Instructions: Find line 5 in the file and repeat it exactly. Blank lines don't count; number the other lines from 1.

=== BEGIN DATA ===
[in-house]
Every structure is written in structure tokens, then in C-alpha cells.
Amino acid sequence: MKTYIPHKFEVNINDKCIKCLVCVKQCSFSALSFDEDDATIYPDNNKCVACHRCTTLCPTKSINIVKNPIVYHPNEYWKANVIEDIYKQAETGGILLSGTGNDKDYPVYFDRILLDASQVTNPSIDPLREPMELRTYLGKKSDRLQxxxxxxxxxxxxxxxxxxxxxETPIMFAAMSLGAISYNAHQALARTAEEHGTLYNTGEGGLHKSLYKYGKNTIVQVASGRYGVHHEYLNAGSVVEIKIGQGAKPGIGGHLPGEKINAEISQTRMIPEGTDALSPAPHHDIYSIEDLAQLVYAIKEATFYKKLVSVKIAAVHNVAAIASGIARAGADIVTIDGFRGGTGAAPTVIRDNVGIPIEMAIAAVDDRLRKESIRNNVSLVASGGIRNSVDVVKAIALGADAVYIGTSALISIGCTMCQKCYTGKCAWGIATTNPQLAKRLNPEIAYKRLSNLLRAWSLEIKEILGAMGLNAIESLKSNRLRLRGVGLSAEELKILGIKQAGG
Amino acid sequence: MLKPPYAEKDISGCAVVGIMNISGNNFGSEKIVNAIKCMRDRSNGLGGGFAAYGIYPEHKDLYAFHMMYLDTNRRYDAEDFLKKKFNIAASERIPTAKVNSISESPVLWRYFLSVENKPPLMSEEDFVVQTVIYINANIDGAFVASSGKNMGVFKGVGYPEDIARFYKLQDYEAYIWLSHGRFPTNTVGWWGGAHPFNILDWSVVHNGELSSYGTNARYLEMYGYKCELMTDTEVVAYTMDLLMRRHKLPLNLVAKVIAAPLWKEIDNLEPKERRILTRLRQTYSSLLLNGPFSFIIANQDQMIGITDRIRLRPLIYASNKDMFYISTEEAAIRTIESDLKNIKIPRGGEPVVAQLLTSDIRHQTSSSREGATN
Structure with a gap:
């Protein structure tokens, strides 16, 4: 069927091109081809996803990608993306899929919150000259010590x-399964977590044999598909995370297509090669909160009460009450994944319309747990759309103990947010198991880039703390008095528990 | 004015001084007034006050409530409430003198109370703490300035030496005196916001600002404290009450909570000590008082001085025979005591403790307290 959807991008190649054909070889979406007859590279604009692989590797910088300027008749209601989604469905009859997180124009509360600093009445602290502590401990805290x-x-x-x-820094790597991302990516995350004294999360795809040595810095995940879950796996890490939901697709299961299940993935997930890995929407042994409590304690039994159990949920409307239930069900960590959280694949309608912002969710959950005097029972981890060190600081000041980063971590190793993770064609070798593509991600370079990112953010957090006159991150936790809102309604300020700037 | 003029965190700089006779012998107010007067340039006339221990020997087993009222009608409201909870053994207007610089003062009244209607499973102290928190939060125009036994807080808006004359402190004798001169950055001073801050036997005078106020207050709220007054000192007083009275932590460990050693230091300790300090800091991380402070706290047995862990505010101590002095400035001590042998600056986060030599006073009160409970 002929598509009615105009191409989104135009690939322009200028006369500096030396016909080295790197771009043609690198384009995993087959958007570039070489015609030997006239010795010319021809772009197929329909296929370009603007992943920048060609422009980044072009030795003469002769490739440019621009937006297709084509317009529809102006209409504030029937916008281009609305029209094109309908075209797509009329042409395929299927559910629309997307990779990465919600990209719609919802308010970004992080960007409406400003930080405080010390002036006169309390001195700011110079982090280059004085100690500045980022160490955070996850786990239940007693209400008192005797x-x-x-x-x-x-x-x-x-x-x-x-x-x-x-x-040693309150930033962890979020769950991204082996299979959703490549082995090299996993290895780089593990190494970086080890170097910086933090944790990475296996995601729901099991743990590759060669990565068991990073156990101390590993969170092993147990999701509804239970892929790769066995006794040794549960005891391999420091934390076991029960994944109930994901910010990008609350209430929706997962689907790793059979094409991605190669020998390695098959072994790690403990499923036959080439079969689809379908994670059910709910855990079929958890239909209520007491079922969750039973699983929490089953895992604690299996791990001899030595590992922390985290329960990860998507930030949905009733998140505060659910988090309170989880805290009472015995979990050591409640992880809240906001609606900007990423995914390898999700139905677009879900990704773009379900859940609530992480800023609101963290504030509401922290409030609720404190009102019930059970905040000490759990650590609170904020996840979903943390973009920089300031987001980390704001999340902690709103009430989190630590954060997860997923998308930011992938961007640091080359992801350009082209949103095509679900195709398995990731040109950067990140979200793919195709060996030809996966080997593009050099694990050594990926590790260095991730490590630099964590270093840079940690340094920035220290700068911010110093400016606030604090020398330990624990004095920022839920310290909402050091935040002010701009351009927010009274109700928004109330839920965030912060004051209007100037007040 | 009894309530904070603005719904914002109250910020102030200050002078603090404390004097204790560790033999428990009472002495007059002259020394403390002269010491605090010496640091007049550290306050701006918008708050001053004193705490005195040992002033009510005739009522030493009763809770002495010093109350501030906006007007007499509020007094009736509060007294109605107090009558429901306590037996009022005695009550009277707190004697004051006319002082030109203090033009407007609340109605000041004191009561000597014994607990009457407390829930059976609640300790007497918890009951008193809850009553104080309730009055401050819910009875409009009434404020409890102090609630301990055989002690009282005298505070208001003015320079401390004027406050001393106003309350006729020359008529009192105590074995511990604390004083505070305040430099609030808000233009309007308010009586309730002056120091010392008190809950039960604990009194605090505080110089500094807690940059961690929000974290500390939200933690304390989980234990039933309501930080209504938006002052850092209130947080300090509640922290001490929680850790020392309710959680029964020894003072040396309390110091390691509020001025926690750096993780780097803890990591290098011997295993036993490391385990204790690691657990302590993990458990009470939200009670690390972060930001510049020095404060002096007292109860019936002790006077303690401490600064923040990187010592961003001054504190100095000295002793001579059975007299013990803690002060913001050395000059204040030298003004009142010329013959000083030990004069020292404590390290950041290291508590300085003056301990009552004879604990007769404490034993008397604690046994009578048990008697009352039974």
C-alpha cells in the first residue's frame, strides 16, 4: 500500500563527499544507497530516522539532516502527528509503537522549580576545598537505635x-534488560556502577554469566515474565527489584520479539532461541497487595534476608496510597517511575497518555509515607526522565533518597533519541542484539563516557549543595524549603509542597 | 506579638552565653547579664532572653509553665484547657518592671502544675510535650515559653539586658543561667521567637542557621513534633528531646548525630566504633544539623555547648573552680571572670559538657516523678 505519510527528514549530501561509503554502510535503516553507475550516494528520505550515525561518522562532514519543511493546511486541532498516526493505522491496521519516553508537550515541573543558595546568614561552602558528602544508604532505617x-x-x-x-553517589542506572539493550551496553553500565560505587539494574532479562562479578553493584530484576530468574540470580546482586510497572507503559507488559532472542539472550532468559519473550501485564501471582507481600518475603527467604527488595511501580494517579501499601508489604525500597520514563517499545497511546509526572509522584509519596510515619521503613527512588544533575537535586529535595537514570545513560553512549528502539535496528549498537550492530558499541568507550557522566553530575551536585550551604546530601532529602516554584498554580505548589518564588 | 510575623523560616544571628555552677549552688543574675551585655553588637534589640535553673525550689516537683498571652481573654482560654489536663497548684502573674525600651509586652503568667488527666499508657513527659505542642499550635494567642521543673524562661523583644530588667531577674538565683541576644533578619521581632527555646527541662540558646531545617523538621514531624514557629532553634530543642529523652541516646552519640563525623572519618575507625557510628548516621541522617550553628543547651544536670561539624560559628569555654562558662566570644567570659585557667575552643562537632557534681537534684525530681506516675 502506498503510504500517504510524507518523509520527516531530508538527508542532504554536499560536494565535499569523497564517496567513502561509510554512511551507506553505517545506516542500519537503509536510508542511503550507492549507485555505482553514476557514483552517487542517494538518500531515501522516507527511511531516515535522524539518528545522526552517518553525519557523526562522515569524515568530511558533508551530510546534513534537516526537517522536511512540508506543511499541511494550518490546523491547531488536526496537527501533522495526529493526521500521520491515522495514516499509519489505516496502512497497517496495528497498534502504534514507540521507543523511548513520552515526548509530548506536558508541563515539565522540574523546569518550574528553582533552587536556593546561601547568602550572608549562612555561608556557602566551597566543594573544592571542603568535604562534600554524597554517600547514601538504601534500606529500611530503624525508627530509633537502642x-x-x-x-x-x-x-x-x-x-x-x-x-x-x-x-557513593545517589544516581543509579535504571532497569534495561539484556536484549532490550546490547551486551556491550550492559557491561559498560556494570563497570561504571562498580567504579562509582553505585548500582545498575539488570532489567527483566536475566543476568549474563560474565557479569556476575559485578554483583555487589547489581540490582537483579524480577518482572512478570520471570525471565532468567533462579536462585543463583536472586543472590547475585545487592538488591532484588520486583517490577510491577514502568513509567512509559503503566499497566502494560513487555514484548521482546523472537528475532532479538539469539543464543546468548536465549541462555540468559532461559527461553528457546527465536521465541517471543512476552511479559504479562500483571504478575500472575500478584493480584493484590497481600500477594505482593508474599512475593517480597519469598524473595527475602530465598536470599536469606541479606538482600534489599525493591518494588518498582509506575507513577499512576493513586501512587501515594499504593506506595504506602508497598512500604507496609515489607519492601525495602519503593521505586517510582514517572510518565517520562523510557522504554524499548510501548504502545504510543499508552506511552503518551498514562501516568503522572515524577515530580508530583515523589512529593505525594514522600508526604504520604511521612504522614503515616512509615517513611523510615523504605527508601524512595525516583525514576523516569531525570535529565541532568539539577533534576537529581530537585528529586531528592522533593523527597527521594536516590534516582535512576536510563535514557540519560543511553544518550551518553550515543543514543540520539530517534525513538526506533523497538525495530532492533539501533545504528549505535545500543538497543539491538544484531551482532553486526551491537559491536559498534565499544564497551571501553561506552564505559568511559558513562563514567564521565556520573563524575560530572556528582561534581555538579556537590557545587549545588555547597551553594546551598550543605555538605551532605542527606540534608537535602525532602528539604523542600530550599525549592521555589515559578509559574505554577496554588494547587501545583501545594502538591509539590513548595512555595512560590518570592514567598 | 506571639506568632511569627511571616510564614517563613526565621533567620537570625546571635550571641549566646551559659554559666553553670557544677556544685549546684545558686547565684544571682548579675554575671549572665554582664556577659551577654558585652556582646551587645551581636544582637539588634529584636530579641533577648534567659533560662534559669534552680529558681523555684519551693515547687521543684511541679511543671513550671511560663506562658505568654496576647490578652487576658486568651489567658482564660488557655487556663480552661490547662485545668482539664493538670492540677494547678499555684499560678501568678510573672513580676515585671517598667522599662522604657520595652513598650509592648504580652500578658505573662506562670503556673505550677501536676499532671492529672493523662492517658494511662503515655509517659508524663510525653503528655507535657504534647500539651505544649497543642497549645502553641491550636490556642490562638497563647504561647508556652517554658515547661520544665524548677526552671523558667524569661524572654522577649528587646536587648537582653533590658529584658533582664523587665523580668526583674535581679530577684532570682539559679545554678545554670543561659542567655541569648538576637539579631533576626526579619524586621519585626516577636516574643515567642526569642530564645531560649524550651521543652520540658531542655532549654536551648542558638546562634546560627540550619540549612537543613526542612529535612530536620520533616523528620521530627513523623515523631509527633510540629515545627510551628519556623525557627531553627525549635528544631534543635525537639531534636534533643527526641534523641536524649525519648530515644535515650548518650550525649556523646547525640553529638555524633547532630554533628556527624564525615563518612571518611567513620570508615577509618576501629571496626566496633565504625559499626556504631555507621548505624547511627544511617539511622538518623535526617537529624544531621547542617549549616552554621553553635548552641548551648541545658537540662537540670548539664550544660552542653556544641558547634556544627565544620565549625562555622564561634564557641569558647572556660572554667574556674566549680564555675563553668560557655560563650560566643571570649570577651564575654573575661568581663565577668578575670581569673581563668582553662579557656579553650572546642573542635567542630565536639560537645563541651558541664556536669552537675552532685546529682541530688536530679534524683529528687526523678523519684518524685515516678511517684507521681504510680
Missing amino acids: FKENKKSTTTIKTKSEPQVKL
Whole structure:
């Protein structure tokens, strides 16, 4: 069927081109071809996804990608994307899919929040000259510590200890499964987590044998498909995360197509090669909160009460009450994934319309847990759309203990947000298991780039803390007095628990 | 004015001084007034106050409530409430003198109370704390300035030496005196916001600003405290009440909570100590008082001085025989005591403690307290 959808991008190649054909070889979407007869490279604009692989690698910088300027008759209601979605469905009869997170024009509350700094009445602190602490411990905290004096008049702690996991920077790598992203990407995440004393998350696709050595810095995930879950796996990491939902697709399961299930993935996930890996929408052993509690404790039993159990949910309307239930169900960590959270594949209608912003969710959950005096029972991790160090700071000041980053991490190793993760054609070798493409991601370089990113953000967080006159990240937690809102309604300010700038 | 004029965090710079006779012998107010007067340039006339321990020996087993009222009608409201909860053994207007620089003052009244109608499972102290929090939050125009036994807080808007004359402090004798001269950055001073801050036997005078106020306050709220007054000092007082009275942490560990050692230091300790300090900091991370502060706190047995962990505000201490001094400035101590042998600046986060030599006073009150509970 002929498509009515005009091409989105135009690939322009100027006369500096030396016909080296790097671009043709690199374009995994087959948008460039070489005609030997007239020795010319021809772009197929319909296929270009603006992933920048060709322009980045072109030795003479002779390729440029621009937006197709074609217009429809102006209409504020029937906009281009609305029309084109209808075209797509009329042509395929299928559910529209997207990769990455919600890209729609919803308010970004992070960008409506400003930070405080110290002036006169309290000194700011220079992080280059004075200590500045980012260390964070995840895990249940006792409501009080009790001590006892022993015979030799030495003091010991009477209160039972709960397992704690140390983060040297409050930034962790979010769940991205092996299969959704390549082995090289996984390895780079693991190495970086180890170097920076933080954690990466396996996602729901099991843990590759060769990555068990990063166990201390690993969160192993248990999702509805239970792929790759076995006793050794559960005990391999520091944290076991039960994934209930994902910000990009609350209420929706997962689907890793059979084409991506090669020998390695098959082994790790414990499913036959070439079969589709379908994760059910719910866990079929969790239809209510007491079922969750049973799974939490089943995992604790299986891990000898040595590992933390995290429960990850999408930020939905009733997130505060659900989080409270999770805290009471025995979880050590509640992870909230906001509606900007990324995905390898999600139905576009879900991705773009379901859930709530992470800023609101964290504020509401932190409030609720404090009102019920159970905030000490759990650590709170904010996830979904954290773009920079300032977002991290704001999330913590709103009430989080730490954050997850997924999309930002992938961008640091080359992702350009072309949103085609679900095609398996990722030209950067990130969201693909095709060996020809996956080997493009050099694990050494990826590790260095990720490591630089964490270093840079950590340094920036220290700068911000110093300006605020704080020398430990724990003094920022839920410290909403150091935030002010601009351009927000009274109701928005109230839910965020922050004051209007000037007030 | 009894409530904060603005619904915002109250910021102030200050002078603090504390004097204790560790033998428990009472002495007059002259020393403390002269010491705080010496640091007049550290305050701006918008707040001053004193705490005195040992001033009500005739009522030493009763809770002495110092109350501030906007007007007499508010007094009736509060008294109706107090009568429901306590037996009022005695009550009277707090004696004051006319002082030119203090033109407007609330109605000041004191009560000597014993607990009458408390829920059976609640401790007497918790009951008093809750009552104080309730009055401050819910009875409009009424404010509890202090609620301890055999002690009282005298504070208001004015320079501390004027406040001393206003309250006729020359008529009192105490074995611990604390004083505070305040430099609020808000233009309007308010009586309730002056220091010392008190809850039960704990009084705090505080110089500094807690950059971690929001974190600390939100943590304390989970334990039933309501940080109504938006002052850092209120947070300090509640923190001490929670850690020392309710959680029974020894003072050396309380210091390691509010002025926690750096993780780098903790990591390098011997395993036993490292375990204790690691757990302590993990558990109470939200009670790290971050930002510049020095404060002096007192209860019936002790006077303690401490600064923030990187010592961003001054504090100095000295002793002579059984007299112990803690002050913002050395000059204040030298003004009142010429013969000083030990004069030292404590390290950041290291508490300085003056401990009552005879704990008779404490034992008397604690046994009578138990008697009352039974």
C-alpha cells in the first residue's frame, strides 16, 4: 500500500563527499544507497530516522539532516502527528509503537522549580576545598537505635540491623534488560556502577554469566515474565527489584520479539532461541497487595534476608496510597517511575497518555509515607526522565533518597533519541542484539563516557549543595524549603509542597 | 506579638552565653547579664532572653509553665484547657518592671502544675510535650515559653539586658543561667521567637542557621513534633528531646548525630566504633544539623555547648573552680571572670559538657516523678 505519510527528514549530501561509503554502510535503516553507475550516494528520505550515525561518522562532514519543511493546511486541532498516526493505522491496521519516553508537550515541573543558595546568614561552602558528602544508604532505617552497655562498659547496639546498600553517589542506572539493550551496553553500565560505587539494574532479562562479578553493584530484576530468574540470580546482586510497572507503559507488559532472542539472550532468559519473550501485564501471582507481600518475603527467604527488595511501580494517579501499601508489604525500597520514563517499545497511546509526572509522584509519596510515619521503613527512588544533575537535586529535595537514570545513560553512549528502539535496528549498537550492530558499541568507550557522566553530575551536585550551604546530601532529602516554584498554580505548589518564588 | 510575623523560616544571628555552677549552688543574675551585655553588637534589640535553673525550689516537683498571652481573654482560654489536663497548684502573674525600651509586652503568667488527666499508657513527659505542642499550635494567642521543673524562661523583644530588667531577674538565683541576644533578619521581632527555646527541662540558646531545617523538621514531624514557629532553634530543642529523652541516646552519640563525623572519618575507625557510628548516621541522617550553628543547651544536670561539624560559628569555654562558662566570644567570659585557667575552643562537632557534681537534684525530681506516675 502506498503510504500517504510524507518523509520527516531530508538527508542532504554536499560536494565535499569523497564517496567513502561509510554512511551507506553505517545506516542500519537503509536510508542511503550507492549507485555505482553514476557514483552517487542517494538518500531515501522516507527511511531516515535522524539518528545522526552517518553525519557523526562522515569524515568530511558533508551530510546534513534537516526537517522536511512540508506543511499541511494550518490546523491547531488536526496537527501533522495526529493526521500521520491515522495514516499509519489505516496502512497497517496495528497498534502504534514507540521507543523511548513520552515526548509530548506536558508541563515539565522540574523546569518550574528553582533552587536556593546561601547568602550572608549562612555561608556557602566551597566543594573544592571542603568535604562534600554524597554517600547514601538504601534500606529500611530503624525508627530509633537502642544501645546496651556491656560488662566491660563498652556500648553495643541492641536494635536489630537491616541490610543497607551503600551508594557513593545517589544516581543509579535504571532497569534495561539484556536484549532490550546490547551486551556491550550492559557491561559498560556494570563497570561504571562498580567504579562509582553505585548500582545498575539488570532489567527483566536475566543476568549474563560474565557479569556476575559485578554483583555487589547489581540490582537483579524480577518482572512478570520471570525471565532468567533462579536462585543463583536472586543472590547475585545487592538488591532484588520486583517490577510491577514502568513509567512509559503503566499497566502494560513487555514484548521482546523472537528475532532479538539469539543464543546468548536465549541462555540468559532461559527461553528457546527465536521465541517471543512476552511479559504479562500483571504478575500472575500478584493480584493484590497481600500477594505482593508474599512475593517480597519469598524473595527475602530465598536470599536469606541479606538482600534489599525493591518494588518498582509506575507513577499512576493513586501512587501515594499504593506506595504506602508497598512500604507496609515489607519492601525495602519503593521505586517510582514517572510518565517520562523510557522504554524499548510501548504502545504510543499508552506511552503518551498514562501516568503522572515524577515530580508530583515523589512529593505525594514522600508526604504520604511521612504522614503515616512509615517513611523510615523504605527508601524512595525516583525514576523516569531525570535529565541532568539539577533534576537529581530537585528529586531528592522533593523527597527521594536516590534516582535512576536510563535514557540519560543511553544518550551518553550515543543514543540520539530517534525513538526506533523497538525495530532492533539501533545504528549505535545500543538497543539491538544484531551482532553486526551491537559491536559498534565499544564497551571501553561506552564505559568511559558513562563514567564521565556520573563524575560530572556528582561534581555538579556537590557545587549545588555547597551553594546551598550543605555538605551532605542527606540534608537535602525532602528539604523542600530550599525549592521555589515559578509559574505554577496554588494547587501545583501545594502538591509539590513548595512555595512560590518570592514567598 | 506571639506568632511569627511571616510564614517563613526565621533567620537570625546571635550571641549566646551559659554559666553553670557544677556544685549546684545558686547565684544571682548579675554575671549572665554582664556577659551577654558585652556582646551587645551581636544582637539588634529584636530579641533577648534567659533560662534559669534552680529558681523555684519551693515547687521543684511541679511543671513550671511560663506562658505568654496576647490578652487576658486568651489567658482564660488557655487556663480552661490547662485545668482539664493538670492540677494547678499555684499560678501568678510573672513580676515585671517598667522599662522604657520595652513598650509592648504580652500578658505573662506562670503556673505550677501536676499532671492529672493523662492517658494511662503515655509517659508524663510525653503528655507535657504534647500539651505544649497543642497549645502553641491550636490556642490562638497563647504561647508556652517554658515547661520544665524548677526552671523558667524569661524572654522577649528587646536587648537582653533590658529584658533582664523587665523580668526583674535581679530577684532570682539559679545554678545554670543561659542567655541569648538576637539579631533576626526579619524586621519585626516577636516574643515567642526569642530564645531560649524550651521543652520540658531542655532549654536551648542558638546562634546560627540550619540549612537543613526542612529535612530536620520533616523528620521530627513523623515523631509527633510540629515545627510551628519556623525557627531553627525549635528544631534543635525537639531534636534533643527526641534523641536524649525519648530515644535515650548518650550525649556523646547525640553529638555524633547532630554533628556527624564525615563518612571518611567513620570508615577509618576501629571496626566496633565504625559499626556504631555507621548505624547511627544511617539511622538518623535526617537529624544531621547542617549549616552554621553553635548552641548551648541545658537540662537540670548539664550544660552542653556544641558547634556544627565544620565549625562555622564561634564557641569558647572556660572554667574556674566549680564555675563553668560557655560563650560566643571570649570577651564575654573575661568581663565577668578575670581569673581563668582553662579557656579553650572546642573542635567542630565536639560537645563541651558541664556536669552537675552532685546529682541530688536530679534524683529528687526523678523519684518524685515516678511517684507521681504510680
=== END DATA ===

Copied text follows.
Structure with a gap: